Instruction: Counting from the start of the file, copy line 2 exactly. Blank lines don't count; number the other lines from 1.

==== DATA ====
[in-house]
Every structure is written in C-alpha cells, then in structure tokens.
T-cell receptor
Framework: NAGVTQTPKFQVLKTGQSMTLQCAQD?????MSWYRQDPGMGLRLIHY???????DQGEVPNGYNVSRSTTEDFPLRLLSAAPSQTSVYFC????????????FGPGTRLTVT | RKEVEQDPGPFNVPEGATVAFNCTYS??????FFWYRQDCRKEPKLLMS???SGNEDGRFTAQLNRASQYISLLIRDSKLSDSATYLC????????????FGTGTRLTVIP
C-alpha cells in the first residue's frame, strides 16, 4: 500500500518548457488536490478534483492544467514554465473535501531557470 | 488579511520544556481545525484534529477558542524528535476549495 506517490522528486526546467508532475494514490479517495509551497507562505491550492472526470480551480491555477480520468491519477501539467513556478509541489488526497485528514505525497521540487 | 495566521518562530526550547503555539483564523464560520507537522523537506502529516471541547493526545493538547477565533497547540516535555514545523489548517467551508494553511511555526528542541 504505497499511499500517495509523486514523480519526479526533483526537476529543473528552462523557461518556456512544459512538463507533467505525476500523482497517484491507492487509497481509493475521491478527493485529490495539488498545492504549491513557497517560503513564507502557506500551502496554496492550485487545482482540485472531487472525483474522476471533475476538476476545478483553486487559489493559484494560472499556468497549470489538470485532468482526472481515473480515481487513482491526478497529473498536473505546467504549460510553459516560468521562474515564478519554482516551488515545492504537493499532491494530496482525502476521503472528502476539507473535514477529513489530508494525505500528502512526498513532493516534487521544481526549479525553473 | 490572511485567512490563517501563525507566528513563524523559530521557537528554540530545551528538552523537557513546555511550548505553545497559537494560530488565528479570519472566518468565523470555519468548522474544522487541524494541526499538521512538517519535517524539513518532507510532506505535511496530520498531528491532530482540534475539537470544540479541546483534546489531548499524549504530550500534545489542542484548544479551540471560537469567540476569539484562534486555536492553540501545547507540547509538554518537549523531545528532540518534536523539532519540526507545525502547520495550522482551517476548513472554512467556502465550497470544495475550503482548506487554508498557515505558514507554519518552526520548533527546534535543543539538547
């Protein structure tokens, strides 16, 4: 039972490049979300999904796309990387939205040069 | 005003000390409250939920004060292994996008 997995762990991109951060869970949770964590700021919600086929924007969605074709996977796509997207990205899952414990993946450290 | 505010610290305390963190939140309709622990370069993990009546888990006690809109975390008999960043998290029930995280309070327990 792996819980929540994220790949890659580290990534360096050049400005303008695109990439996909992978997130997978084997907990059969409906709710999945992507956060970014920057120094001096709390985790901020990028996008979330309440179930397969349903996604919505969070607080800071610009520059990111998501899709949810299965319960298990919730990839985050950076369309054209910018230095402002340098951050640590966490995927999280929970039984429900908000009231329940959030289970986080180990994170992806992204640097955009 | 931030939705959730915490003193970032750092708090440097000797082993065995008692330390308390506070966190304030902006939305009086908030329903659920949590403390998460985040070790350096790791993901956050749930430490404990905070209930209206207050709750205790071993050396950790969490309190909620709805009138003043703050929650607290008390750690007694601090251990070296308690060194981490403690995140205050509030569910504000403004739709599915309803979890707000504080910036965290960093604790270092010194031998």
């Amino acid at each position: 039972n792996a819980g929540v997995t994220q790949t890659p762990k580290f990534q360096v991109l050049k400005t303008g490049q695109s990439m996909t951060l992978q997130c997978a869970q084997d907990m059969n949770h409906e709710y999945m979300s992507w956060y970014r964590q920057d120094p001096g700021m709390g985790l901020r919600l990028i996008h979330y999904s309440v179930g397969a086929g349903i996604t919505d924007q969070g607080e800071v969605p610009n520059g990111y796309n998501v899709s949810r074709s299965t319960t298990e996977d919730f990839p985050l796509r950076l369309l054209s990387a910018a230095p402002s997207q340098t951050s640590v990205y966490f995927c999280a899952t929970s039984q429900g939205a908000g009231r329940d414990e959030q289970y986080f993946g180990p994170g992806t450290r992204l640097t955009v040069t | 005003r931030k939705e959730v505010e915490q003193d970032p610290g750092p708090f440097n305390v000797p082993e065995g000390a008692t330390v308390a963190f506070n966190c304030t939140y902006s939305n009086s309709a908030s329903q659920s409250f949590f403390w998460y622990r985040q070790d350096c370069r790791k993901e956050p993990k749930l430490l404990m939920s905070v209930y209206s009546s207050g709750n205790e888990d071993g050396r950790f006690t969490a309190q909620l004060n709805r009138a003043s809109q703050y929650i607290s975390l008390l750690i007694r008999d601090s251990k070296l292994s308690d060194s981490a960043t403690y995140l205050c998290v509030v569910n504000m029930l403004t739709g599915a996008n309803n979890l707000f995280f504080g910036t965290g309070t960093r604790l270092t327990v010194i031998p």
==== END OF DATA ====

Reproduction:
Every structure is written in C-alpha cells, then in structure tokens.